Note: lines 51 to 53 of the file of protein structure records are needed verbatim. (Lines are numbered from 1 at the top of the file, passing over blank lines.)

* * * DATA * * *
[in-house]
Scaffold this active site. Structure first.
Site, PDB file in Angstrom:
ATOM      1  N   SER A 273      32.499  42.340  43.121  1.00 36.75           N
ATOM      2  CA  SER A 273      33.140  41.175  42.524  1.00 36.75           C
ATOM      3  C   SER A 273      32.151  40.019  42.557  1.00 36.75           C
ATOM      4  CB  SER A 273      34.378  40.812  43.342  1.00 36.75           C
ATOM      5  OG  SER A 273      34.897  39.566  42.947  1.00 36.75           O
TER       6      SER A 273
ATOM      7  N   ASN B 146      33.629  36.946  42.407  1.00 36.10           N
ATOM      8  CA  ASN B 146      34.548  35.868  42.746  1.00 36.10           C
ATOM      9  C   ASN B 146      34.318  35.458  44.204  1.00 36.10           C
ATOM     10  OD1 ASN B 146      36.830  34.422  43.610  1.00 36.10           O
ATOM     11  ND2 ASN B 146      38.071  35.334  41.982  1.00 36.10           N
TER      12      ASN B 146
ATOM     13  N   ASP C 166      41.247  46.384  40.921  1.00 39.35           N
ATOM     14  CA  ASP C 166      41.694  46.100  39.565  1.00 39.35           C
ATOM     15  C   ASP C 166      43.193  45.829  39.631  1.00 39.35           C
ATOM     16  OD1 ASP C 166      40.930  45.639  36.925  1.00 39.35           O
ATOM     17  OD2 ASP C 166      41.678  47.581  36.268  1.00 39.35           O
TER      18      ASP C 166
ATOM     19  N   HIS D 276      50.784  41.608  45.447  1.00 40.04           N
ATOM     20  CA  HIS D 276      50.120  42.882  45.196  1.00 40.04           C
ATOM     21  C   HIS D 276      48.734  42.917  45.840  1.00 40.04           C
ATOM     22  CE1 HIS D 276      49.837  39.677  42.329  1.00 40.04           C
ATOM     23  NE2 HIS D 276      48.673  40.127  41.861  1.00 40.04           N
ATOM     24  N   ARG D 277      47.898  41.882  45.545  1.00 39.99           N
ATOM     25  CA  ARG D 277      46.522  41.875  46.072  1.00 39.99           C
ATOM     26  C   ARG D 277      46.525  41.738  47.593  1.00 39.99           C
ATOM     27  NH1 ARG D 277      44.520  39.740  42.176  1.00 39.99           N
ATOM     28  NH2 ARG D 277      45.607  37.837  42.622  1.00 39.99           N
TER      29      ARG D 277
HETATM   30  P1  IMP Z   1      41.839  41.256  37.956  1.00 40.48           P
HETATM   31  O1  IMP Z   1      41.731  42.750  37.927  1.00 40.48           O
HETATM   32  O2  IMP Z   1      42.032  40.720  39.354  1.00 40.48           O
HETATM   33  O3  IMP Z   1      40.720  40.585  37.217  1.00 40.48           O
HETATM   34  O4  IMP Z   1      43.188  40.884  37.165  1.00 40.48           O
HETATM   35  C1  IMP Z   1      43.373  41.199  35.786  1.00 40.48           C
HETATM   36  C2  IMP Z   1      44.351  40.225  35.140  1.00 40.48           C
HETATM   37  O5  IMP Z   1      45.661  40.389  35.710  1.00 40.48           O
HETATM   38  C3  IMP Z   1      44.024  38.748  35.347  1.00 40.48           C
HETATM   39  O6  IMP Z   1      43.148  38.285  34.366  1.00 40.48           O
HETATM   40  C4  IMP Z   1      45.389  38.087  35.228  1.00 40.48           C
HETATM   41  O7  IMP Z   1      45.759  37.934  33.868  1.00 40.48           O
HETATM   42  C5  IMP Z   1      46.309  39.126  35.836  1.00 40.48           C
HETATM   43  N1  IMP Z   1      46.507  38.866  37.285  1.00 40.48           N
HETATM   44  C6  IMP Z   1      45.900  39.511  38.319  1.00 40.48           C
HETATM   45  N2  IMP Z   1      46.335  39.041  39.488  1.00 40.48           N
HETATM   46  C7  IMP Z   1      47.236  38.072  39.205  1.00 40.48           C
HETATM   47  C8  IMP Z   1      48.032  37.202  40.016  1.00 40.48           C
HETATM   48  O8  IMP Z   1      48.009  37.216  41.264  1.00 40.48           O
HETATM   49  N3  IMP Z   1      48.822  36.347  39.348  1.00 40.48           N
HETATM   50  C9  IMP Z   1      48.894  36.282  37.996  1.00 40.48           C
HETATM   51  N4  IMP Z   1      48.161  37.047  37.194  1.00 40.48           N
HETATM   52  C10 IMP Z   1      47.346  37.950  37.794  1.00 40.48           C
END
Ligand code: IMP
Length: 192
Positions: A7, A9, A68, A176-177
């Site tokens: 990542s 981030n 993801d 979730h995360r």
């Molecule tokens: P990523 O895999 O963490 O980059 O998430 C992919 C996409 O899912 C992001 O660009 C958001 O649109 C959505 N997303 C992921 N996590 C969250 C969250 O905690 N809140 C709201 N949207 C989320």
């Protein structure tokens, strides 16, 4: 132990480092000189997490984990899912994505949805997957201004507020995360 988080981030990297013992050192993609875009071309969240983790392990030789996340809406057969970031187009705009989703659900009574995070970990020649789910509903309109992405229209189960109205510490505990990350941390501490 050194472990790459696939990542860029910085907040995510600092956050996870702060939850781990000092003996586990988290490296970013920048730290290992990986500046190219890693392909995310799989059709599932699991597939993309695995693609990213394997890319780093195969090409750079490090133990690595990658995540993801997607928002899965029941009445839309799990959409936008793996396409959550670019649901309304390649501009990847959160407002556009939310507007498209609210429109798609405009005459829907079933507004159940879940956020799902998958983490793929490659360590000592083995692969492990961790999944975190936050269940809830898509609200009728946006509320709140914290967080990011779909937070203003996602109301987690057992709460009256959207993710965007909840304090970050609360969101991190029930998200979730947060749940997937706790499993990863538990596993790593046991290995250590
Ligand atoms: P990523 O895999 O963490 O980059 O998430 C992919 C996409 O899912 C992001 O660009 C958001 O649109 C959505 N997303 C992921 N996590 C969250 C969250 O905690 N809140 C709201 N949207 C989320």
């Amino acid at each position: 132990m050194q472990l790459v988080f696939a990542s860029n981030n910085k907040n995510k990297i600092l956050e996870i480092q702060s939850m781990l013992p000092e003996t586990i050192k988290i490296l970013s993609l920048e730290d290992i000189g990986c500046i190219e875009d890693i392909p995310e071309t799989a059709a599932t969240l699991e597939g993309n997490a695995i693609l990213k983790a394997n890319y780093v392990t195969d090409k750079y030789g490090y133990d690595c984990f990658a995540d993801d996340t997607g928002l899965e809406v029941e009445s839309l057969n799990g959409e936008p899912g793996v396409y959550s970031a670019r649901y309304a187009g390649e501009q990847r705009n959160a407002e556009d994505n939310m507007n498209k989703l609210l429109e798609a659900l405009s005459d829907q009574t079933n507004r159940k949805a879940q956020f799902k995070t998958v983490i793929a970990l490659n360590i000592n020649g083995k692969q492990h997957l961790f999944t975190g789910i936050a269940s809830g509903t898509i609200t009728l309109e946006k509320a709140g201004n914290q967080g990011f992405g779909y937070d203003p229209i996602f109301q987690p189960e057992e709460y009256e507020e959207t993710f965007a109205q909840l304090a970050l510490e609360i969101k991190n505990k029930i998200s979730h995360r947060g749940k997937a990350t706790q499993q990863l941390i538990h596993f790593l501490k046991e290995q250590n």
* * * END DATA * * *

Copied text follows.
HETATM   48  O8  IMP Z   1      48.009  37.216  41.264  1.00 40.48           O
HETATM   49  N3  IMP Z   1      48.822  36.347  39.348  1.00 40.48           N
HETATM   50  C9  IMP Z   1      48.894  36.282  37.996  1.00 40.48           C